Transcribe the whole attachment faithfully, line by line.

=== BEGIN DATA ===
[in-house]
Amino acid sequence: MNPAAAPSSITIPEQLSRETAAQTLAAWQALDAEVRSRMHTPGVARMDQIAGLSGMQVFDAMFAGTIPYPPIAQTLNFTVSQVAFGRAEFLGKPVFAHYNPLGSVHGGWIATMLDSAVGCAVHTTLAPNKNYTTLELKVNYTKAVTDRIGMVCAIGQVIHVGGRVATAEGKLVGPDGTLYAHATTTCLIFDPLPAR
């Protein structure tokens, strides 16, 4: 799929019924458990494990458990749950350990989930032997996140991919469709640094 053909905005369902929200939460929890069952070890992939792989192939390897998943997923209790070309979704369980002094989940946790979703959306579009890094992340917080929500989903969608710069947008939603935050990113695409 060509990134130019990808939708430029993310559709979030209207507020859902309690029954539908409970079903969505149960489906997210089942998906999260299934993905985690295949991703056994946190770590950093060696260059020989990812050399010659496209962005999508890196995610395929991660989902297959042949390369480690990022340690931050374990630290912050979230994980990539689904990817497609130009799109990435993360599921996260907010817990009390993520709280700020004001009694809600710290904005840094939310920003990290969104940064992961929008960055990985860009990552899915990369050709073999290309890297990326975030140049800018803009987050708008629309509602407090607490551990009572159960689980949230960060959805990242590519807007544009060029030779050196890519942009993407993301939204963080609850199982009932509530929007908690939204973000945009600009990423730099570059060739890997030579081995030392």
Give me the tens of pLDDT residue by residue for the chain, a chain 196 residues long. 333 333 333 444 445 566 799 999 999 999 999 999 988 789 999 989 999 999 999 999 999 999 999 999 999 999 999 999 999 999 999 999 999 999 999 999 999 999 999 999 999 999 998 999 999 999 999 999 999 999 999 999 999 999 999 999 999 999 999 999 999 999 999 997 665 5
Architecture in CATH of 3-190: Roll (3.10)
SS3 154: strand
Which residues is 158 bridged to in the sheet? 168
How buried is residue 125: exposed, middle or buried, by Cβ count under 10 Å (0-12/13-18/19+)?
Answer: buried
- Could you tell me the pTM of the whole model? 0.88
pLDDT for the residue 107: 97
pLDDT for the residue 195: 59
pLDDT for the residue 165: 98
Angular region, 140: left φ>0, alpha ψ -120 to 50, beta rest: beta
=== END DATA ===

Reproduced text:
[in-house]
Amino acid sequence: MNPAAAPSSITIPEQLSRETAAQTLAAWQALDAEVRSRMHTPGVARMDQIAGLSGMQVFDAMFAGTIPYPPIAQTLNFTVSQVAFGRAEFLGKPVFAHYNPLGSVHGGWIATMLDSAVGCAVHTTLAPNKNYTTLELKVNYTKAVTDRIGMVCAIGQVIHVGGRVATAEGKLVGPDGTLYAHATTTCLIFDPLPAR
């Protein structure tokens, strides 16, 4: 799929019924458990494990458990749950350990989930032997996140991919469709640094 053909905005369902929200939460929890069952070890992939792989192939390897998943997923209790070309979704369980002094989940946790979703959306579009890094992340917080929500989903969608710069947008939603935050990113695409 060509990134130019990808939708430029993310559709979030209207507020859902309690029954539908409970079903969505149960489906997210089942998906999260299934993905985690295949991703056994946190770590950093060696260059020989990812050399010659496209962005999508890196995610395929991660989902297959042949390369480690990022340690931050374990630290912050979230994980990539689904990817497609130009799109990435993360599921996260907010817990009390993520709280700020004001009694809600710290904005840094939310920003990290969104940064992961929008960055990985860009990552899915990369050709073999290309890297990326975030140049800018803009987050708008629309509602407090607490551990009572159960689980949230960060959805990242590519807007544009060029030779050196890519942009993407993301939204963080609850199982009932509530929007908690939204973000945009600009990423730099570059060739890997030579081995030392």
Give me the tens of pLDDT residue by residue for the chain, a chain 196 residues long. 333 333 333 444 445 566 799 999 999 999 999 999 988 789 999 989 999 999 999 999 999 999 999 999 999 999 999 999 999 999 999 999 999 999 999 999 999 999 999 999 999 999 998 999 999 999 999 999 999 999 999 999 999 999 999 999 999 999 999 999 999 999 999 997 665 5
Architecture in CATH of 3-190: Roll (3.10)
SS3 154: strand
Which residues is 158 bridged to in the sheet? 168
How buried is residue 125: exposed, middle or buried, by Cβ count under 10 Å (0-12/13-18/19+)?
Answer: buried
- Could you tell me the pTM of the whole model? 0.88
pLDDT for the residue 107: 97
pLDDT for the residue 195: 59
pLDDT for the residue 165: 98
Angular region, 140: left φ>0, alpha ψ -120 to 50, beta rest: beta